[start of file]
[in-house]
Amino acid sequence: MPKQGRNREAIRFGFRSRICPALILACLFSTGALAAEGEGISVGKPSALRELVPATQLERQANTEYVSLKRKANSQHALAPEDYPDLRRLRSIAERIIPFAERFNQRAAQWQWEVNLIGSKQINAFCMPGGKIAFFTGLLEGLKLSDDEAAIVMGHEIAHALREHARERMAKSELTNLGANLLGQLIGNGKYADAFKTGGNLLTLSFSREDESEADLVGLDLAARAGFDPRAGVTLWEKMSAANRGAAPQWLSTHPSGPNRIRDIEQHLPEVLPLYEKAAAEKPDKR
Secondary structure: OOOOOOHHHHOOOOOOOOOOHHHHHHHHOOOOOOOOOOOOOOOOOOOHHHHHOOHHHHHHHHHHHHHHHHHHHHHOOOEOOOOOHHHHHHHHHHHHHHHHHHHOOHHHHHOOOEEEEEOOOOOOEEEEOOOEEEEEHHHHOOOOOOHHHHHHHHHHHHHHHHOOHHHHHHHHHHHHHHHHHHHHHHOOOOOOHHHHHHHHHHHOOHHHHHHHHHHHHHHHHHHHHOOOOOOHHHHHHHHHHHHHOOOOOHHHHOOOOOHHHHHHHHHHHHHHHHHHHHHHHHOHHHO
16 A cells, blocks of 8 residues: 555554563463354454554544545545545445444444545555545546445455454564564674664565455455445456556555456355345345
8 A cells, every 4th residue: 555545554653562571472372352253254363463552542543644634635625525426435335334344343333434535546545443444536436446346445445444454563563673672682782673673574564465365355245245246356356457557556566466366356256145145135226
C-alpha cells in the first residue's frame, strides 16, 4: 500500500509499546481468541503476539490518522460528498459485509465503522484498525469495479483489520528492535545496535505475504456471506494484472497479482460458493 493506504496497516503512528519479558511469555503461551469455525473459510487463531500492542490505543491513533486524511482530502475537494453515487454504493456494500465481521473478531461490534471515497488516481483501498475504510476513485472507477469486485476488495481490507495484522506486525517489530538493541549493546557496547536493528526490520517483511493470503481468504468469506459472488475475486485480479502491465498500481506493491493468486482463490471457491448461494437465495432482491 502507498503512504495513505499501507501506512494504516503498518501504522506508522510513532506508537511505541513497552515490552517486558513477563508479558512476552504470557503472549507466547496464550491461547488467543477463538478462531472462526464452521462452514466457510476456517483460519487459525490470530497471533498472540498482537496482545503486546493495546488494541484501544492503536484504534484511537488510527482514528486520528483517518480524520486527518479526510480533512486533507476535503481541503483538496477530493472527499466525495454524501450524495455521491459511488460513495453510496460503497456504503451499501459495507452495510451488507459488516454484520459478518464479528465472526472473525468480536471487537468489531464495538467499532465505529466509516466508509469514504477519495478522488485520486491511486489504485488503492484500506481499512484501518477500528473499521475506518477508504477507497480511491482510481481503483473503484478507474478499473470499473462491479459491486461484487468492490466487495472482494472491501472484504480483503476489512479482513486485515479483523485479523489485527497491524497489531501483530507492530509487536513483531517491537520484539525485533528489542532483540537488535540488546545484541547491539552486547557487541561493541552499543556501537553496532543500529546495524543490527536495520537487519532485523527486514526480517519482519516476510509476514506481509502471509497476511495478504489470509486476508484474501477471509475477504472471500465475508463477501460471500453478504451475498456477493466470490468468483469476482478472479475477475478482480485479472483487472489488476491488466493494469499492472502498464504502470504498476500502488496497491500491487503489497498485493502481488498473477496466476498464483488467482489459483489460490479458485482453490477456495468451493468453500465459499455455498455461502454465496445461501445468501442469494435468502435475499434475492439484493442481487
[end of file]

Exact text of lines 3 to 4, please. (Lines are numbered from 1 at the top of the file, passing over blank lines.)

Secondary structure: OOOOOOHHHHOOOOOOOOOOHHHHHHHHOOOOOOOOOOOOOOOOOOOHHHHHOOHHHHHHHHHHHHHHHHHHHHHOOOEOOOOOHHHHHHHHHHHHHHHHHHHOOHHHHHOOOEEEEEOOOOOOEEEEOOOEEEEEHHHHOOOOOOHHHHHHHHHHHHHHHHOOHHHHHHHHHHHHHHHHHHHHHHOOOOOOHHHHHHHHHHHOOHHHHHHHHHHHHHHHHHHHHOOOOOOHHHHHHHHHHHHHOOOOOHHHHOOOOOHHHHHHHHHHHHHHHHHHHHHHHHOHHHO
16 A cells, blocks of 8 residues: 555554563463354454554544545545545445444444545555545546445455454564564674664565455455445456556555456355345345